June 8, 2010 ☼ Pax Indica ☼ geopolitics
For much of the last six decades, the Palestinian ‘cause’ has really been a Palestinian ‘card’ used by regional powers in the region aspiring for pre-eminence in the Middle East.
This is an unedited draft of my Pax Indica column for Yahoo! (2010-2011)
You probably think it is about the Palestinian people.
Well, it is about them. But for much of the last six decades, the Palestinian ‘cause’ has really been a Palestinian ‘card’ used by regional powers in the region aspiring for pre-eminence in the Middle East. This is the First Law of Middle Eastern Geopolitics—if you want to be the leader of region, you must first show your support for the Palestinian cause by poking Israel in the eye. The Second Law is that once you have played the Palestinian card, you can move on to your real agenda.
Egypt—once the “leader of the Arabs” in the 1960s—fought two wars with Israel before settling for a peace deal with Israel in the 1970s. It now gets large sums of money in aid from the United States. Ayatollah Khomeini’s Iran then pressed its claims for leadership of the region, and promptly used Syrian and Lebanese proxies to strike Israel. Iran’s Sunni Arab neighbours didn’t like the idea of a radical Shia regime grabbing the mantle of regional leadership and Saddam Hussein stepped up to challenge the Khomeini’s Islamic Republic. He even lobbed several Scud missiles towards the Jewish state, in return for which he received Yasser Arafat’s endorsement. Iraq lost the war. So did the Palestinians actually, who became suspect in the eyes of the Kuwaitis and other Gulf Arab states. With both Iran and Iraq under sanctions in the 1990s, the mantle of leadership of the Middle East fell upon the sophisticated shoulders of Saudi Arabia.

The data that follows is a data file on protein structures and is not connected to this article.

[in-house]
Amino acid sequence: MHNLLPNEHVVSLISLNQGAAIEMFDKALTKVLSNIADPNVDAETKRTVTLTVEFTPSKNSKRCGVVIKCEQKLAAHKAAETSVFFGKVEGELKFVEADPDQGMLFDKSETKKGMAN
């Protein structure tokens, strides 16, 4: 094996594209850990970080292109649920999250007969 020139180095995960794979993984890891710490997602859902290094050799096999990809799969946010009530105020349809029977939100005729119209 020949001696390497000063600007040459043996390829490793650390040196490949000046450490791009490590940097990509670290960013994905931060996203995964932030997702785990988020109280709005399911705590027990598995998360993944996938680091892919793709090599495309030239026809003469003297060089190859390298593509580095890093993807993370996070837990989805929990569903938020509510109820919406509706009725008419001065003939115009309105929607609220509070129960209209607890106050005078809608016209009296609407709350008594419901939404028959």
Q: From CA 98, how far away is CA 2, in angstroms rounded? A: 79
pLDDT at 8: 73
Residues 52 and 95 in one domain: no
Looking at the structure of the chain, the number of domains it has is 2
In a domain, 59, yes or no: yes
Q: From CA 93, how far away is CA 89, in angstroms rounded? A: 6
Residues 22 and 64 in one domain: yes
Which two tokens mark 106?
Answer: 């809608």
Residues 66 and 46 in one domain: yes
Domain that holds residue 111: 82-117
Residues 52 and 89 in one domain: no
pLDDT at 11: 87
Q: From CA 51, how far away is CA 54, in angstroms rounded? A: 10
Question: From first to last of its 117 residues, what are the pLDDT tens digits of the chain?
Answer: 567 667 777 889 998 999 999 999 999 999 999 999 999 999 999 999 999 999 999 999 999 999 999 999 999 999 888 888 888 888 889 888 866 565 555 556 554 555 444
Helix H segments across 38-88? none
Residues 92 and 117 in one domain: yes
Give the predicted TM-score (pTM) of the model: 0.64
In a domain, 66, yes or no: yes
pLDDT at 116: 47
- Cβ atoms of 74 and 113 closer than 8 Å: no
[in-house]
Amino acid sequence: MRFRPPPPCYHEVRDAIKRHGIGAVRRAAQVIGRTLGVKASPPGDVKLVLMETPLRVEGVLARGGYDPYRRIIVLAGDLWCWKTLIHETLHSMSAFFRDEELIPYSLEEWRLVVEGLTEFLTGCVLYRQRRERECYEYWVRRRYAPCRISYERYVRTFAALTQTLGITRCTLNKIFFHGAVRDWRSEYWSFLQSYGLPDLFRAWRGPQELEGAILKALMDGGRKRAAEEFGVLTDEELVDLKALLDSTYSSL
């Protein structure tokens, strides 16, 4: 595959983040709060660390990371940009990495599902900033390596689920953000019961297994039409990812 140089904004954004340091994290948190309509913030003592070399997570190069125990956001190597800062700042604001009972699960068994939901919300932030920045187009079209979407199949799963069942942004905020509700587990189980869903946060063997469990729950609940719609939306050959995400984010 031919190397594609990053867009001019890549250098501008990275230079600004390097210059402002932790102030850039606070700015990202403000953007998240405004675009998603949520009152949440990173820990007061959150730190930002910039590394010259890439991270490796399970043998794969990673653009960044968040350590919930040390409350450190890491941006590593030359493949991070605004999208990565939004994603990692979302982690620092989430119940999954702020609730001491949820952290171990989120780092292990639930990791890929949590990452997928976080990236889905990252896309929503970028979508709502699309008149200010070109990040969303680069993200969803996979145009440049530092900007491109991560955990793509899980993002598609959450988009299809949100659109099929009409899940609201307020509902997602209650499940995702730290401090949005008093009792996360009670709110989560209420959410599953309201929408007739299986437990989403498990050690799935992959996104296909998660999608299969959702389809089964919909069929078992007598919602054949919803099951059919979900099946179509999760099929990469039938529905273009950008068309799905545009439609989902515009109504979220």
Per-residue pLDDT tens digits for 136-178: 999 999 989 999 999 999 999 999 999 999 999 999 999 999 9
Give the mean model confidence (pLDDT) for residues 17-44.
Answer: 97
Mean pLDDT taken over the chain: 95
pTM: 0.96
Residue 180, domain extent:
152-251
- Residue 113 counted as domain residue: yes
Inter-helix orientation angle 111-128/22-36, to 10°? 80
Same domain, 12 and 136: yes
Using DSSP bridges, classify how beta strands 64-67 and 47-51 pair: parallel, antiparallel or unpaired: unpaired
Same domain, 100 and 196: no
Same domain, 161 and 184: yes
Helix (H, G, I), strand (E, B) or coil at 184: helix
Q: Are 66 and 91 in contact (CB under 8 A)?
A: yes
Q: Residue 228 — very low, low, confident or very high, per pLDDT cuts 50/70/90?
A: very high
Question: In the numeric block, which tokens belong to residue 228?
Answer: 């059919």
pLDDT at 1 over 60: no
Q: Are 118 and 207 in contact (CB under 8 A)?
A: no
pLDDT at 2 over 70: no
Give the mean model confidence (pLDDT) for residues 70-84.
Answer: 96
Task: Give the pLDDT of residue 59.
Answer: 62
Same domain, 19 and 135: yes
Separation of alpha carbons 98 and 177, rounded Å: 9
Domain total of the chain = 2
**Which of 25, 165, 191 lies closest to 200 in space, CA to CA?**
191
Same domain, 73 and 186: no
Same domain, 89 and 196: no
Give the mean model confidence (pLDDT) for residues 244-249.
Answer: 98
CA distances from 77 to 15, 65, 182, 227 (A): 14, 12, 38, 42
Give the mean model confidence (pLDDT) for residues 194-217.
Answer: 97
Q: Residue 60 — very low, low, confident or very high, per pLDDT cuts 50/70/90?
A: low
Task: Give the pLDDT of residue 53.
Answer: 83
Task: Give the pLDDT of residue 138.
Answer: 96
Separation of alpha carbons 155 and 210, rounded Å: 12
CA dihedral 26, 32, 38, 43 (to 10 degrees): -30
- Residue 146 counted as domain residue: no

The Saudis, unlike previous claimants to Middle Eastern leadership, didn’t launch tanks, proxies or missiles at Israel. Instead they launched a roadmap. It went nowhere—although, as they say in diplomatese, it is still on the table. Meanwhile the Iranians got caught working on a nuclear weapons project. The worried Saudis let it be known that they might not be averse to Israeli jets flying over their airspace just in case, you know, the Israelis want to bomb Iran’s nuclear facilities. That’s because Riyadh calculates that balancing the Iranians is more important than is midwifing a Palestinian state. Despite appearances and rhetoric, the interests of Saudi Arabia and Israel are aligned over preventing Iran from dominating the region.
Neither Egypt nor Iraq qualify for a place at the top of the Middle Eastern league today. Thanks to the US wars that weakened its two big neighbours, Iran and Afghanistan, Iran is certainly a contender. So is Saudi Arabia. Last week, Turkey announced that it has joined the race, and, in accordance with the diktats of the First Law, played the Palestinian card. The flotilla was a strategic masterstroke—the moment it set sail, Turkey won and Israel lost. If it had been allowed to pass through, Turkey would be seen has having broken Israel’s will. If the flotilla were stopped, Turkey would be the leader of an international chorus condemning Israel for blockading the Palestinians.